For the owners out there, would you consider the Pantera suitable for the novice do-it-yourselfer?

Assuming one is starting with a mechanically and structurally sound car, are the maintenance and upkeep requirements reasonable for the owner that wants to do the majority of his own work and learn along the way?

How would that burden (rather, labor of love) compare to that of a mid-year Corvette or early Pony car?
Original Post
quote:

How would that burden (rather, labor of love) compare to that of a mid-year Corvette or early Pony car?


Unless you're willing to reduce the value of a mid-year Vette you have keep it pretty much stock plus every single part is outrageously priced. As for the early pony-car, a single word: uniqueness. The Pantera looks are incredible, unlike anything else on the road. They are actually fairly easy to work on (from a modestly adept driveway mechanic). One of the best things is you can customize it (to a point) and not effect the marketability. The other is the support you'll get from the Pantera community. You'd be very hard pressed to find an issue that someone out there hasn't seen before and sorted out.
Thanks, Husker. That all seems apparent about the Pantera community. You are also right about the Pantera's looks and uniqueness.

My plans in owning and maintaining each of those three example cars would be quite different. I would go down the NCRS path with the Vette, embracing the attendant challenges and headaches. I would keep the Pony car close to stock, perhaps making some modest performance enhancements. In the Pantera it seems that one can go toward either extreme (within reason) without effecting the marketability of the car.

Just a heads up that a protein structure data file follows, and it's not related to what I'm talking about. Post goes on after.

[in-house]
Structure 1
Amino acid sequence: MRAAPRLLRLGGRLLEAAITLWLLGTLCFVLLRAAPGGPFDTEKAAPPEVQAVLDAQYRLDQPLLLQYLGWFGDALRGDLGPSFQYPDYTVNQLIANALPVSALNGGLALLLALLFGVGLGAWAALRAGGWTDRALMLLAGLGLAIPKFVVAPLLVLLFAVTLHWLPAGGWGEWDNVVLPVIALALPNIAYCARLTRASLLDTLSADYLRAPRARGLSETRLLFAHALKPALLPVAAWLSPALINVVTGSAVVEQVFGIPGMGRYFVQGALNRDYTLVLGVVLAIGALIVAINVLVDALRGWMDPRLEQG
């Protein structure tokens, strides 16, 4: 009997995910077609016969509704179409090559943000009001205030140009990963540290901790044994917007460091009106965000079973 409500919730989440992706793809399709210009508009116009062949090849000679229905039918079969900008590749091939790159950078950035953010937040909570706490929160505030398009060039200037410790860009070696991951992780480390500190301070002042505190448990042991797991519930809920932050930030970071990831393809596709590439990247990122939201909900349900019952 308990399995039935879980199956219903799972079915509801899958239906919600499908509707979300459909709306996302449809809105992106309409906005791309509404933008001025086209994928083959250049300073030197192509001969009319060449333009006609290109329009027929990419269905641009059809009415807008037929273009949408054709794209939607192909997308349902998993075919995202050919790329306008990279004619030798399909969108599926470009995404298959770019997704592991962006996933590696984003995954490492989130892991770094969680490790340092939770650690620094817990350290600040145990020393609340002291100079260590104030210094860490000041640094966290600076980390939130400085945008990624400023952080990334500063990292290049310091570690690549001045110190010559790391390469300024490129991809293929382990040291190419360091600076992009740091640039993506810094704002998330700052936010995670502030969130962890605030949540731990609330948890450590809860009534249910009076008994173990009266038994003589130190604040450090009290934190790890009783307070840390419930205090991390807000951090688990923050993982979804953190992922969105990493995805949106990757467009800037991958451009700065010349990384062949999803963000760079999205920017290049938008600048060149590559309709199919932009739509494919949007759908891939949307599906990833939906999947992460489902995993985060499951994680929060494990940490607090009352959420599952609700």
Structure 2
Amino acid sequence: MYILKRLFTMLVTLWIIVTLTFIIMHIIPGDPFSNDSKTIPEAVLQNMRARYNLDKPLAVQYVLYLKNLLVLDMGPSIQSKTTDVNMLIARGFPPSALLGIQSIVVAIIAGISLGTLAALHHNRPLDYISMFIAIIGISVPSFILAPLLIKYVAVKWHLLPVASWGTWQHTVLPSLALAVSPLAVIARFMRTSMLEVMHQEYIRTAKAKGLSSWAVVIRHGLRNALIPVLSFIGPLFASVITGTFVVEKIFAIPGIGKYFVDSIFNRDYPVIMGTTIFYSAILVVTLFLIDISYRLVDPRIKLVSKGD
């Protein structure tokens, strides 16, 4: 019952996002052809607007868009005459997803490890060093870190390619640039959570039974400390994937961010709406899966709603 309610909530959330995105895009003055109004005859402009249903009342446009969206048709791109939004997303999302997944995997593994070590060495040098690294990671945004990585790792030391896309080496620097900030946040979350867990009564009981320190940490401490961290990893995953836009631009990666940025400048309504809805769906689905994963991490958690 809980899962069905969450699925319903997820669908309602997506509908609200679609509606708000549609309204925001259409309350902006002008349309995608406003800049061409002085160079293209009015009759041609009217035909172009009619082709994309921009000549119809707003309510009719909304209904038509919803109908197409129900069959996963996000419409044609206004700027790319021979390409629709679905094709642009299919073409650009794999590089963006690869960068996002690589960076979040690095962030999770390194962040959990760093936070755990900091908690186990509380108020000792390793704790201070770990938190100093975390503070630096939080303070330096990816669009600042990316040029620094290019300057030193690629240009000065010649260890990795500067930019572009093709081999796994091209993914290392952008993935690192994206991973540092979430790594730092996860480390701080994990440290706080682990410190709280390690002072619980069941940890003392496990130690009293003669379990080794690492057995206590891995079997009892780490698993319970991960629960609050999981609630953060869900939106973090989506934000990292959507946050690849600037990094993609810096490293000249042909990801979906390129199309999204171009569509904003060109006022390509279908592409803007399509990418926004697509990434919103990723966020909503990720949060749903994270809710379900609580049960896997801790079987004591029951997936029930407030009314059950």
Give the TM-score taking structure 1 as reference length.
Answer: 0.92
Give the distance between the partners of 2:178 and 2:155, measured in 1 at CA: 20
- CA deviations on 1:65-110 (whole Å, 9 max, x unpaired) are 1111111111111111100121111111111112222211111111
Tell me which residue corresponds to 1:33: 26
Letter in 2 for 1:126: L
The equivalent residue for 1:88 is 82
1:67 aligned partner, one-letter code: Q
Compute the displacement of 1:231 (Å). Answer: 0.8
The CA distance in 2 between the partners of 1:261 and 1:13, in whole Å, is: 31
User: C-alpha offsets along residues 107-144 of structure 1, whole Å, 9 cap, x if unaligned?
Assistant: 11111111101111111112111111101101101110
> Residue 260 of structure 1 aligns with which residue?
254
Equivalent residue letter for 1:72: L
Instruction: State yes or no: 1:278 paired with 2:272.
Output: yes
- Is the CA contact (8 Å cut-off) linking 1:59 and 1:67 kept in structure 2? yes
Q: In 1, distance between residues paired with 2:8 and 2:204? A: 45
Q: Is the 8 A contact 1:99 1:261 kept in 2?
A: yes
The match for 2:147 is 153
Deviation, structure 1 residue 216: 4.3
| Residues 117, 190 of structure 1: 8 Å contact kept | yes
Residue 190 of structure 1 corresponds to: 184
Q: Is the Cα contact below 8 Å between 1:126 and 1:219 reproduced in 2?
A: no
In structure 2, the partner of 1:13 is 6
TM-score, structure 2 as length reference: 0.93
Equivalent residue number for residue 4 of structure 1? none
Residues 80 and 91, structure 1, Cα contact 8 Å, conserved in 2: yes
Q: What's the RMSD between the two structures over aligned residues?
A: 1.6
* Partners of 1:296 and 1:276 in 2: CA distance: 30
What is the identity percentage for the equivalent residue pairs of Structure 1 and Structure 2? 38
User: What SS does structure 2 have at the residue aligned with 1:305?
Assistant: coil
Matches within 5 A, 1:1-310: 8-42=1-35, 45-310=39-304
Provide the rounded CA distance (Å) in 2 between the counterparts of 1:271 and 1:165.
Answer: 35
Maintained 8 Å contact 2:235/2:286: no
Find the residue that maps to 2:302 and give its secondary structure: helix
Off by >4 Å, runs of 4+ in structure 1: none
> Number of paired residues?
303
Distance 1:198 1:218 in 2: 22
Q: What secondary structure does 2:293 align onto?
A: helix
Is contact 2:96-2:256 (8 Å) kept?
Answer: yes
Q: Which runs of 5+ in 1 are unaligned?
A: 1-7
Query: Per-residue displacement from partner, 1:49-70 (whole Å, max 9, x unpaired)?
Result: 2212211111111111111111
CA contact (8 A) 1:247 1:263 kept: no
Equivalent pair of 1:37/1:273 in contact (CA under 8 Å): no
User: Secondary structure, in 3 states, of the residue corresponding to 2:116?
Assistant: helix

A related question, does the mid-engine design complicate motor access compared to these other front engine cars?

Can one access the motor similarly for the more common modifications, ie intake, heads, headers, etc? Or is it more likely to have to pull the motor to gain access?
Accessing the motor is not that bad. You get to the sides by leaning over, or you can easily climb in and perch on the transaxle if you really need to. You get to the front by removing a couple panels behind the seats, giving you access through that firewall (it's a reasonable opening, maybe 1.5' x 1.5' roughly). You can also (theoretically) easily remove the rear 1/4 windows for easy access to the front upper areas. About the only real challenges would be:
1. Dropping the oil pan, IF stock crossmember underneath hasn't been cut out & replaced with a removable one.
2. Fuel tank issues, requires engine removal. But engine removal is not bad, no worse and probably easier than most other cars.

All those jobs you mention are very do-able with engine in, headers are easy from underneath, intake not too bad, heads not too bad though not that much harder to pull the engine at that point.
quote:
Originally posted by SoonerBJJ:
For the owners out there, would you consider the Pantera suitable for the novice do-it-yourselfer?

Assuming one is starting with a mechanically and structurally sound car, are the maintenance and upkeep requirements reasonable for the owner that wants to do the majority of his own work and learn along the way?

How would that burden (rather, labor of love) compare to that of a mid-year Corvette or early Pony car?


IMO, other than style and mid-engine aspects, compared to late 60s US sport/muscle cars, there is nothing especially exotic about the mechanics of a Pantera. -A pushrod 351c, rack and pinion steering, dual a-arm independent suspension front and back, hung in a steel mono chassis. Good stuff for the era but nothing difficult to understand.


The ZF transaxle may be the exception as it is unique compared to most US drive trains and requires many special tools and knowledge to rebuild. Electricals might also be a bit off-norm for us US guys but again, schematic and multimeter can usually cure all ills that hasn't been smoking or burning.

Best,
Kelly
quote:
Originally posted by SoonerBJJ:
A related question, does the mid-engine design complicate motor access compared to these other front engine cars?